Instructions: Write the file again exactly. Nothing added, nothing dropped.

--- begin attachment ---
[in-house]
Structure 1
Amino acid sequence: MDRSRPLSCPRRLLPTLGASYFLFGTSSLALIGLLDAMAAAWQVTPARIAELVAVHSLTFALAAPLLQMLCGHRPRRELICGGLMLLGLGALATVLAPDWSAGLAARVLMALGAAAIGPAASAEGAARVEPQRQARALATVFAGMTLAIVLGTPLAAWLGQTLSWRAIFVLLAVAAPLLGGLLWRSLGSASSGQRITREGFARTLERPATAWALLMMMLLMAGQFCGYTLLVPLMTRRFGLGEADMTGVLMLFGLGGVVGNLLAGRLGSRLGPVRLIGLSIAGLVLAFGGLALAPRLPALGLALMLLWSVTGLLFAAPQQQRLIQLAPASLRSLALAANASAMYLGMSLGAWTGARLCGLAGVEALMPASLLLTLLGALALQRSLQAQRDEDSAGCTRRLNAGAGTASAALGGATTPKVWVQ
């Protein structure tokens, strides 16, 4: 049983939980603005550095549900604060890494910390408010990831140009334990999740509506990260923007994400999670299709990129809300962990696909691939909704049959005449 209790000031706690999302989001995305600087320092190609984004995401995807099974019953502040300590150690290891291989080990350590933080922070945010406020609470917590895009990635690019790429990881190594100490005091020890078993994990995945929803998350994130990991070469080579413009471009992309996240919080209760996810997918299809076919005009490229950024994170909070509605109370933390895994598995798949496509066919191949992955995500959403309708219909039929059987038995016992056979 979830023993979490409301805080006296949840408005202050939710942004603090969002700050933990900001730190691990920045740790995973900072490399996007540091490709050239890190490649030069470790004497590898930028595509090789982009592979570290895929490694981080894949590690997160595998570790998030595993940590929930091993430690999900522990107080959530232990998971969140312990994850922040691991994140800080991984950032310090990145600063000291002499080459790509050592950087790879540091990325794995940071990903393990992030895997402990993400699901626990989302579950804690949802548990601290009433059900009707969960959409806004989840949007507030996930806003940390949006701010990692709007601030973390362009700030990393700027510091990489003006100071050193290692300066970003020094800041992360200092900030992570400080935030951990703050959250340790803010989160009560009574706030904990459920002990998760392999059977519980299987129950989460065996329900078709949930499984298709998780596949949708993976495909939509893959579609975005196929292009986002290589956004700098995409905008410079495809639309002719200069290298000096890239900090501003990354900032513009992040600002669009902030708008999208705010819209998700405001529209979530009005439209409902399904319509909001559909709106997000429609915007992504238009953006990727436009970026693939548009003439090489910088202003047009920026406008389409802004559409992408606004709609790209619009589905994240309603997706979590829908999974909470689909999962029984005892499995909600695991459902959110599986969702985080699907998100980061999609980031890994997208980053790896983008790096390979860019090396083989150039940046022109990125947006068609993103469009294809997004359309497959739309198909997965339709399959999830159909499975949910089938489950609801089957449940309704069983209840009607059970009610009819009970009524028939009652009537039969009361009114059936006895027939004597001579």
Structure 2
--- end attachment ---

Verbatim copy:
[in-house]
Structure 1
Amino acid sequence: MDRSRPLSCPRRLLPTLGASYFLFGTSSLALIGLLDAMAAAWQVTPARIAELVAVHSLTFALAAPLLQMLCGHRPRRELICGGLMLLGLGALATVLAPDWSAGLAARVLMALGAAAIGPAASAEGAARVEPQRQARALATVFAGMTLAIVLGTPLAAWLGQTLSWRAIFVLLAVAAPLLGGLLWRSLGSASSGQRITREGFARTLERPATAWALLMMMLLMAGQFCGYTLLVPLMTRRFGLGEADMTGVLMLFGLGGVVGNLLAGRLGSRLGPVRLIGLSIAGLVLAFGGLALAPRLPALGLALMLLWSVTGLLFAAPQQQRLIQLAPASLRSLALAANASAMYLGMSLGAWTGARLCGLAGVEALMPASLLLTLLGALALQRSLQAQRDEDSAGCTRRLNAGAGTASAALGGATTPKVWVQ
């Protein structure tokens, strides 16, 4: 049983939980603005550095549900604060890494910390408010990831140009334990999740509506990260923007994400999670299709990129809300962990696909691939909704049959005449 209790000031706690999302989001995305600087320092190609984004995401995807099974019953502040300590150690290891291989080990350590933080922070945010406020609470917590895009990635690019790429990881190594100490005091020890078993994990995945929803998350994130990991070469080579413009471009992309996240919080209760996810997918299809076919005009490229950024994170909070509605109370933390895994598995798949496509066919191949992955995500959403309708219909039929059987038995016992056979 979830023993979490409301805080006296949840408005202050939710942004603090969002700050933990900001730190691990920045740790995973900072490399996007540091490709050239890190490649030069470790004497590898930028595509090789982009592979570290895929490694981080894949590690997160595998570790998030595993940590929930091993430690999900522990107080959530232990998971969140312990994850922040691991994140800080991984950032310090990145600063000291002499080459790509050592950087790879540091990325794995940071990903393990992030895997402990993400699901626990989302579950804690949802548990601290009433059900009707969960959409806004989840949007507030996930806003940390949006701010990692709007601030973390362009700030990393700027510091990489003006100071050193290692300066970003020094800041992360200092900030992570400080935030951990703050959250340790803010989160009560009574706030904990459920002990998760392999059977519980299987129950989460065996329900078709949930499984298709998780596949949708993976495909939509893959579609975005196929292009986002290589956004700098995409905008410079495809639309002719200069290298000096890239900090501003990354900032513009992040600002669009902030708008999208705010819209998700405001529209979530009005439209409902399904319509909001559909709106997000429609915007992504238009953006990727436009970026693939548009003439090489910088202003047009920026406008389409802004559409992408606004709609790209619009589905994240309603997706979590829908999974909470689909999962029984005892499995909600695991459902959110599986969702985080699907998100980061999609980031890994997208980053790896983008790096390979860019090396083989150039940046022109990125947006068609993103469009294809997004359309497959739309198909997965339709399959999830159909499975949910089938489950609801089957449940309704069983209840009607059970009610009819009970009524028939009652009537039969009361009114059936006895027939004597001579």
Structure 2